Minnesota State Senator Dr. Scott Jensen disclosed yesterday that the state’s health department has suggested attributing deaths to COVID-19 even without a confirmed diagnosis.
The revelation from the family physician, who represents the state’s 47th district just outside the Twin Cities, raises the question of just how many deaths not only in Minnesota but also the rest of the country the Asian pathogen has caused.
Data from New York State, as The New American reported yesterday, show that fatalities are generally older Americans with myriad health problems aside from infection with SARS-CoV-2.
Link to CDC
Speaking to Valley News Live in Fargo, North Dakota, Jensen said legislators had not seen data that Democrat Governor Tim Walz has used to justify the stay-at-home order he has extended until May 4.
“We wanna be good soldiers and that,” the doctor told commentator Chris Berg. “But I think people are starting to say hold it now. We need to have a deeper understanding of this and we’re not getting it.”
But then Jensen delivered this news:
I received an email last week from the department of health coaching me how to fill out death certificates. And I’ve never received coaching from the vital statistics agency in terms of how to do a death certificate.
Basically, I felt like they were saying you know, you don’t have to have a confirmed laboratory test for COVID 19 in order to make the death certificate COVID-19.
Jensen received a seven-page letter from the state health agency, he told Berg and another reporter, that linked to a document from Centers for Disease Control, “Guidance for Certifying Deaths Due to Coronavirus Disease 2019 (COVID–19).”
He posted a link to the document late Tuesday night.
Using the scenario of elderly stroke victim who dies in acute respiratory distress after contact with a virus carrier, the “guidance” suggests tying deaths with no confirmed cause to the Chinese Virus:
An 86-year-old female passed away at home. Her husband reported that she was nonambulatory after suffering an ischemic stroke 3 years ago. He stated that 5 days prior, she developed a high fever and severe cough after being exposed to an ill family member who subsequently was diagnosed with COVID–19. Despite his urging, she refused to go to the hospital, even when her breathing became more labored and temperature escalated. She was unresponsive that morning and her husband phoned emergency medical services (EMS). Upon EMS arrival, the patient was pulseless and apneic. Her husband stated that he and his wife had advanced directives and that she was not to be resuscitated. After consulting with medical command, she was pronounced dead and the coroner was notified.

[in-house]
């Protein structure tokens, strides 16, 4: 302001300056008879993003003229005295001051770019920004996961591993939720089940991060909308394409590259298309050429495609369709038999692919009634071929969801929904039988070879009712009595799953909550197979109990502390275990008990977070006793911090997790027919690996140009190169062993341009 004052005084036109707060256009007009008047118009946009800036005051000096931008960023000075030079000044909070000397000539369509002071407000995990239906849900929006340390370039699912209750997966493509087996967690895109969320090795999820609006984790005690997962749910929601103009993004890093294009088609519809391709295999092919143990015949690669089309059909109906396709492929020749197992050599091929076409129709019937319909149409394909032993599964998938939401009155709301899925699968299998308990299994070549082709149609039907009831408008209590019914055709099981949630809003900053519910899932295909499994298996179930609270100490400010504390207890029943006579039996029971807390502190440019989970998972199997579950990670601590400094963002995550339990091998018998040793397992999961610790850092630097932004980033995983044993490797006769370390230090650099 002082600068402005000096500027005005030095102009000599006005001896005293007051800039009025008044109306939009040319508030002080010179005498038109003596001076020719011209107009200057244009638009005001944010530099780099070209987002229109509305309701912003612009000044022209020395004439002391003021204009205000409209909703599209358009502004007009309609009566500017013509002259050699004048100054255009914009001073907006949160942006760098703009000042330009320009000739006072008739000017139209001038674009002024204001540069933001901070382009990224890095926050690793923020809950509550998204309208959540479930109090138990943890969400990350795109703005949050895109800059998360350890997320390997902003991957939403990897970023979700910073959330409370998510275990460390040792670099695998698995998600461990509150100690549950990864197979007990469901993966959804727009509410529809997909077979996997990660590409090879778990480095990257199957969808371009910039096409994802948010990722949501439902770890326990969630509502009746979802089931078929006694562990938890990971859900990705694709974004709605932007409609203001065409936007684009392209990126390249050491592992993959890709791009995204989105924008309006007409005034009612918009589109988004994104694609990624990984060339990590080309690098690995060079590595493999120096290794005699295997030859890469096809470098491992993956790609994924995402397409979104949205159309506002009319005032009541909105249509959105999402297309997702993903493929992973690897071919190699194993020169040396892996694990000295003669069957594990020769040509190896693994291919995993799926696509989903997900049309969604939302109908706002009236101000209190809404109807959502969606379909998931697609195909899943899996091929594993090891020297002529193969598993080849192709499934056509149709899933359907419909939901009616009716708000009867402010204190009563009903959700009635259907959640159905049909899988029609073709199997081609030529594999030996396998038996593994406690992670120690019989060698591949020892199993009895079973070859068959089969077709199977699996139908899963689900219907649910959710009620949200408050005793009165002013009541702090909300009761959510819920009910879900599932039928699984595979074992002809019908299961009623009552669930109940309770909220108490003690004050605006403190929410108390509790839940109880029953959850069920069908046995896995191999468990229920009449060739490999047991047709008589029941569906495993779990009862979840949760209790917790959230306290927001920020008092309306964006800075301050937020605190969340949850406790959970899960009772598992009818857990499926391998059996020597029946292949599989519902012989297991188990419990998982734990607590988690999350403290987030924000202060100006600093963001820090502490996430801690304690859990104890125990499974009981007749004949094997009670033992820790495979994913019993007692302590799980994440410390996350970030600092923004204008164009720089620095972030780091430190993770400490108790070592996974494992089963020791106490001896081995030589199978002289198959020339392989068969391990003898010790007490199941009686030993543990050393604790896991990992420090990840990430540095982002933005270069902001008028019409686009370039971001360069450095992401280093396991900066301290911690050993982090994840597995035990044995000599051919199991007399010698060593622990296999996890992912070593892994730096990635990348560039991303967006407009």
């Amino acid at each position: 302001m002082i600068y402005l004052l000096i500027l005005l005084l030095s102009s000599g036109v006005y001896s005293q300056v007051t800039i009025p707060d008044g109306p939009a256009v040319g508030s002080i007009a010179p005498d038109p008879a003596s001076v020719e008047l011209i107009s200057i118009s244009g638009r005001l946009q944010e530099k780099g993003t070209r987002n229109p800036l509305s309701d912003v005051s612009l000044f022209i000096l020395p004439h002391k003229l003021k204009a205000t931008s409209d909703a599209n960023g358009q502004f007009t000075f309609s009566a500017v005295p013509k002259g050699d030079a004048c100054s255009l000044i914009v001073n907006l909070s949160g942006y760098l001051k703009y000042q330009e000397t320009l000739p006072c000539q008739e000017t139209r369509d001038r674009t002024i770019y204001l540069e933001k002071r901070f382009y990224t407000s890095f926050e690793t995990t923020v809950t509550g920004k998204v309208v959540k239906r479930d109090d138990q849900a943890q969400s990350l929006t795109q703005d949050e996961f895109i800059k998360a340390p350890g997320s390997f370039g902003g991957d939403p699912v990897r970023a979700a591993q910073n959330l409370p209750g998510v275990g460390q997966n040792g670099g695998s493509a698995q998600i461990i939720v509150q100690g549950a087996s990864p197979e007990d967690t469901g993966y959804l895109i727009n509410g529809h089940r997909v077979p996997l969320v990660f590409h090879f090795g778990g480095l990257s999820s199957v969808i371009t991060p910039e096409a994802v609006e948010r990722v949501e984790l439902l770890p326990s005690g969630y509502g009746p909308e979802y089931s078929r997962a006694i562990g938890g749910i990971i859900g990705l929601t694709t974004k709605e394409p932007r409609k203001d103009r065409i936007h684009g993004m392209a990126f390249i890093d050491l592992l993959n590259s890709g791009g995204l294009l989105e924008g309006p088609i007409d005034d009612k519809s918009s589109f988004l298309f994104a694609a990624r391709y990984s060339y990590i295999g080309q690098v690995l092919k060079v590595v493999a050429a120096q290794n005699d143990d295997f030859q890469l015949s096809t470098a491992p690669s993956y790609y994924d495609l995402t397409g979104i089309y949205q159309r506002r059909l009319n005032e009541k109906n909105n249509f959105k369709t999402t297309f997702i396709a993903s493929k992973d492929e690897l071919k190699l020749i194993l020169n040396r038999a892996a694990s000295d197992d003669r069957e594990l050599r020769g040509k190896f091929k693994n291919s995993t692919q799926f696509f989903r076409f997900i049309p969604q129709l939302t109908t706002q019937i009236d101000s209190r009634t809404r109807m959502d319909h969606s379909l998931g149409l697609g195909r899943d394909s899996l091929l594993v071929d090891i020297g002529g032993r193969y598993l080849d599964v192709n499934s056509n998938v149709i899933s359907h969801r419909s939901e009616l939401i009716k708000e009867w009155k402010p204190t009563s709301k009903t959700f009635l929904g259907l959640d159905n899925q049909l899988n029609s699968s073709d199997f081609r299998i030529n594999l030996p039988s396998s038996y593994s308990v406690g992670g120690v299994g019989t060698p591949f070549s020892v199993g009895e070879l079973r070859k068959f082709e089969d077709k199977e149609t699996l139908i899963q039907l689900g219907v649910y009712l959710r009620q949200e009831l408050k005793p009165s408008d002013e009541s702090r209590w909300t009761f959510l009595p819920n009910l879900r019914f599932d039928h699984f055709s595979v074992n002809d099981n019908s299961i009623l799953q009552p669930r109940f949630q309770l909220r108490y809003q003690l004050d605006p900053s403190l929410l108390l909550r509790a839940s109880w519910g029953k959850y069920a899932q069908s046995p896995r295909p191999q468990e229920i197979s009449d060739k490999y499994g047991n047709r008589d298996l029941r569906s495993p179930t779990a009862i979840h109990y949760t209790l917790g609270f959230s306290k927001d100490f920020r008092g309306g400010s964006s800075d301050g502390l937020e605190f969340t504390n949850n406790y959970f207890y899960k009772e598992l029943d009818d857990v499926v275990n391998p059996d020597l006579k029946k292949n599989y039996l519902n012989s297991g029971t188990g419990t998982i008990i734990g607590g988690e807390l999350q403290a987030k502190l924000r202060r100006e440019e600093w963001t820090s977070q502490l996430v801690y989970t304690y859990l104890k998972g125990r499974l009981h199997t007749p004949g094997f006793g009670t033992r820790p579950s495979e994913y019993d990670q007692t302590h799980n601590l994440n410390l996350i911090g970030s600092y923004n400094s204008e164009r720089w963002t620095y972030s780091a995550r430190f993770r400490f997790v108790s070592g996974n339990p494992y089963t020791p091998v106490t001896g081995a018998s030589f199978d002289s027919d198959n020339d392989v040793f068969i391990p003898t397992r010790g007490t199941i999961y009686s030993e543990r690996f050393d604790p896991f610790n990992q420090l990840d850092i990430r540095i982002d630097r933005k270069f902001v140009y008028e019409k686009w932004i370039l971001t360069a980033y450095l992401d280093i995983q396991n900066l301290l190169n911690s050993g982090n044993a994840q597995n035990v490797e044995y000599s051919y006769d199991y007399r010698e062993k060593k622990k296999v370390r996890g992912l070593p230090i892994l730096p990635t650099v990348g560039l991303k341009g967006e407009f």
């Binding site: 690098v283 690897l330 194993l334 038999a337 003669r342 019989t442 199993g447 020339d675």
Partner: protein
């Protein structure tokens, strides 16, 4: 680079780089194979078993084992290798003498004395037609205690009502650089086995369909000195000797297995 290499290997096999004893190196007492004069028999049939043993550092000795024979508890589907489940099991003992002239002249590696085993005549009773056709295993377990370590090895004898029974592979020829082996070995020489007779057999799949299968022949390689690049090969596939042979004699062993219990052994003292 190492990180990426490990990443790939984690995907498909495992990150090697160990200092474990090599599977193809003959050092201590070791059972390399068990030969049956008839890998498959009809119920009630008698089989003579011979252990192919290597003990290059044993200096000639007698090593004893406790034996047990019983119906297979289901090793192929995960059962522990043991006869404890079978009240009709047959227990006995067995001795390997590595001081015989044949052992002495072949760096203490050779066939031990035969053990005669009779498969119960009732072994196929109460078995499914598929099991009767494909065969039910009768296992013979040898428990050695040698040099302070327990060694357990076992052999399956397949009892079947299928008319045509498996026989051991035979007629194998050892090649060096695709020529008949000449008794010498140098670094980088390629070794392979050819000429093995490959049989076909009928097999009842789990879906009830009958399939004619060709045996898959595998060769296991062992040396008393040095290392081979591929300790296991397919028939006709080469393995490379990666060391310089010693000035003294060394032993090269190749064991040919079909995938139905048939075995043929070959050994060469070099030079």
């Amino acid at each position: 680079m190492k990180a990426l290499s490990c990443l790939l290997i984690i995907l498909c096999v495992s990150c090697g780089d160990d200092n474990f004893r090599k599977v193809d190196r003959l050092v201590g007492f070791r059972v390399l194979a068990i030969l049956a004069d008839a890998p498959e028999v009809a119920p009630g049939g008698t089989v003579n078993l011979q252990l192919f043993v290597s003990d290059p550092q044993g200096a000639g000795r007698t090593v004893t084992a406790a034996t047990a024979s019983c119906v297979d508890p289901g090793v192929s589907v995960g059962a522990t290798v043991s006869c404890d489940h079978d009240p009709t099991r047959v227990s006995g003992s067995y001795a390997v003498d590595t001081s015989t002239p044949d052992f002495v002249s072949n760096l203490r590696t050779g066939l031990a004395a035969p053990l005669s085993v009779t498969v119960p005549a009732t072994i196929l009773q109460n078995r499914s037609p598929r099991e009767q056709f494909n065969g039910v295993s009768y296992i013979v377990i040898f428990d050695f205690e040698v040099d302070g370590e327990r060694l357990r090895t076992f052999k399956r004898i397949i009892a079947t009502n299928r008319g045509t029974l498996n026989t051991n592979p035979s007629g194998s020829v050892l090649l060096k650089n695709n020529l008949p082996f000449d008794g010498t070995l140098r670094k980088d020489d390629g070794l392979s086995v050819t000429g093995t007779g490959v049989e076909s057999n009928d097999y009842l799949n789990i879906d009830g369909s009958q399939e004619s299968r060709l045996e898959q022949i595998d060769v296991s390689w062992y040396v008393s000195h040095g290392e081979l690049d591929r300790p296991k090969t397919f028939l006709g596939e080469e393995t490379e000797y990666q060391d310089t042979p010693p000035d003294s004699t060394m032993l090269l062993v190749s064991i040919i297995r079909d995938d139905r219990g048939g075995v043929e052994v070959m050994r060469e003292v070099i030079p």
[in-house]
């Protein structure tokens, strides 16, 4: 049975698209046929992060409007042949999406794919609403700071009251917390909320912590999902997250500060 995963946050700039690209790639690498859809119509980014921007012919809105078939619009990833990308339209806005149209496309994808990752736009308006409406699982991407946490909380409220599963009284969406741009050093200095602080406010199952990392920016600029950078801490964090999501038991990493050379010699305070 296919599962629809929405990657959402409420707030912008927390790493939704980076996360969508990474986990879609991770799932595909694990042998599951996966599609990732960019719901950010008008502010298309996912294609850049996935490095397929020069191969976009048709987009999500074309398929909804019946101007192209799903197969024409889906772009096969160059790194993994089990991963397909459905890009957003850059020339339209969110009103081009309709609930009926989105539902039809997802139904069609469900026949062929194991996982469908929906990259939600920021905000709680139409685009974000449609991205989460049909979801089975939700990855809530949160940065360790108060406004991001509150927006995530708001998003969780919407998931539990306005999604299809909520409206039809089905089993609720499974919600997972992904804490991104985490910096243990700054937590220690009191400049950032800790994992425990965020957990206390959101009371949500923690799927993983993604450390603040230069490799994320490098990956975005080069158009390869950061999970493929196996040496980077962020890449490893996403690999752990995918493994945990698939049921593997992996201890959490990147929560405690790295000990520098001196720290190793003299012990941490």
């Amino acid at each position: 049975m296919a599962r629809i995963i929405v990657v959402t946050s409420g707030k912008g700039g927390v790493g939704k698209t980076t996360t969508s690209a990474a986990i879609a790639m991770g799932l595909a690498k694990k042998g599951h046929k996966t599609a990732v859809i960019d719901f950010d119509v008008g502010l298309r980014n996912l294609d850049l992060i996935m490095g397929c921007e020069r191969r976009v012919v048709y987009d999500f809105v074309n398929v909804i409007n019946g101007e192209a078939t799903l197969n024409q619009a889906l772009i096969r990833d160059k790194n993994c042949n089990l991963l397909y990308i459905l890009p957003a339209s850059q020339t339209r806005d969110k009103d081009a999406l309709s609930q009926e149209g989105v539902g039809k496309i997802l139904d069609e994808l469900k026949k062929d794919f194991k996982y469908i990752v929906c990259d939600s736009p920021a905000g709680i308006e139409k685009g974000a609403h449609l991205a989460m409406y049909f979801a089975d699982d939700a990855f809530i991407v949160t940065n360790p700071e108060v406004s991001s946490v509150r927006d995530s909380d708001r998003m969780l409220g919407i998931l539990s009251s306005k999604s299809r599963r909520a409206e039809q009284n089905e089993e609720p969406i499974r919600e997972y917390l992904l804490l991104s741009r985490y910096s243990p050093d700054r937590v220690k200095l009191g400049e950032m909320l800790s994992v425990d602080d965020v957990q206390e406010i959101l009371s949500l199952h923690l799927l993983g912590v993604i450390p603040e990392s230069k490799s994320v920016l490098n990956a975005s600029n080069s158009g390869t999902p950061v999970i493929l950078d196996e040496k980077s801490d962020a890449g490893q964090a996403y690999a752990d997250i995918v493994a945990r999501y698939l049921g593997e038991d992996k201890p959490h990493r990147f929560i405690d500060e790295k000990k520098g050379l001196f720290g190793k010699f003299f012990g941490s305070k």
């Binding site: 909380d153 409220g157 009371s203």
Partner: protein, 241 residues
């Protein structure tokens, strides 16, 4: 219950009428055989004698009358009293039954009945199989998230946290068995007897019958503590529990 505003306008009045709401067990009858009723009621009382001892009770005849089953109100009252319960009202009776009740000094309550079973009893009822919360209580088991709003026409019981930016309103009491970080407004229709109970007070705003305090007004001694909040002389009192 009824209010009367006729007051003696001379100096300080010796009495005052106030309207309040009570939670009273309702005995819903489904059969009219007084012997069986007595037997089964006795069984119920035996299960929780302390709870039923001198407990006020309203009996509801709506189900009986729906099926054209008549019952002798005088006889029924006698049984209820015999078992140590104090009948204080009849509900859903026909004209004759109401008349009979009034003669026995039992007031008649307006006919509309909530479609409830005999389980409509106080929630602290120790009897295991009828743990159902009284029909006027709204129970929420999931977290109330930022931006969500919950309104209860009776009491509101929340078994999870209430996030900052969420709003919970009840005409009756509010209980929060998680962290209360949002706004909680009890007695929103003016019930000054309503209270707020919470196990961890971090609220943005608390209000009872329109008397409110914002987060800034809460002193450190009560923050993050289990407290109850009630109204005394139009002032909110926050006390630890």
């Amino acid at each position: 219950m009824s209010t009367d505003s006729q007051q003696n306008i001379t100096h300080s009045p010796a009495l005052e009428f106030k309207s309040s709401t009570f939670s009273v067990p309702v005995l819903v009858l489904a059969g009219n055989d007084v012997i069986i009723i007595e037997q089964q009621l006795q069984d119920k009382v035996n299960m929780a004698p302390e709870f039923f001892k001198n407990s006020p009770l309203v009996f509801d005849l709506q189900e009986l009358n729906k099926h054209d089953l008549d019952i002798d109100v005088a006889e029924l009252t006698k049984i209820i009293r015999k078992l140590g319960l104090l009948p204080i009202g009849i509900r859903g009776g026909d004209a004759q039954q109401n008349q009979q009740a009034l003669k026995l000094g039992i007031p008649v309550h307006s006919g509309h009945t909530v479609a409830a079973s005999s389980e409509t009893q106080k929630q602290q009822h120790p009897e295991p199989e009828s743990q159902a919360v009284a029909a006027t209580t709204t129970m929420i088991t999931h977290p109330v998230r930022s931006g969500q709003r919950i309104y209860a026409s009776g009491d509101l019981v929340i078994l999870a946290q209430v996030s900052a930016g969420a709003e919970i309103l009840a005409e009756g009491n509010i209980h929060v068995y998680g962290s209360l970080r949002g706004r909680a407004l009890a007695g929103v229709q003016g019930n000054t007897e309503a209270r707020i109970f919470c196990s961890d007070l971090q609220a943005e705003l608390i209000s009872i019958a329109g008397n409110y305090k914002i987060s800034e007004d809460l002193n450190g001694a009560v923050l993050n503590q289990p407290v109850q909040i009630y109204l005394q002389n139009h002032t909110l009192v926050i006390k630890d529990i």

Comment: Although no testing was done, the coroner determined that the likely UCOD was COVID–19 given the patient’s symptoms and exposure to an infected individual. Therefore, COVID–19 was reported on the lowest line used in Part I. Her ischemic stroke was considered a factor that contributed to her death but was not a part of the direct causal sequence in Part I, so it was reported in Part II.
Jensen said that isn’t quite the way it should be done. If he saw a 88-year-old nursing home patient with “a cough and a fever, and after three days, ends up passing away from pneumonia,” he said, “I’m not going to put influenza on that death certificate. So I doubt that I would be inclined to put COVID-19.”
Jensen worries that the government is “jazzing up the fear factor” and that people are so frightened they can’t evaluate the public health measures they are asked to support.
Jenson didn’t say Chinese Virus data are hopelessly compromised, although conversations with nursing home personnel suggest the numbers are inflated.
“I’ve talked with nursing staff who have been involved with people who have passed away that either had living wills or were on hospice care and in some of those situations,” he told the station. “I’ve been led to believe that there may have been a COVID-19 diagnosis included on the death certificate document without having had a COVID-19 confirmed laboratory test.”
New York Data
The updated data from New York showed that 82.7 percent of those who have supposedly died from COVID-19 were 60 years or older. Adding the 50-59 age cohort brings that number of 93.3 percent.
At this writing, the data show that 5,424 out of 6,268 people counted as virus fatalities, 86.5 percent, had serious comorbidities, including diabetes, cancer, dementia, hypertension, congestive heart failure, and kidney, coronary artery, and chronic obstructive pulmonary disease.
Those numbers suggest that age and other illnesses played a significant role in those deaths, and that people under 50 without underlying health problems are much less likely to die.
As for the CDC “guidance,” Jensen tweeted this: “Make your own determination as to whether or not physicians are being encouraged to utilize COVID 19 in cause of death diagnoses.”
Image: Naeblys/iStock/Getty Images Plus
R. Cort Kirkwood is a long-time contributor to The New American and a former newspaper editor.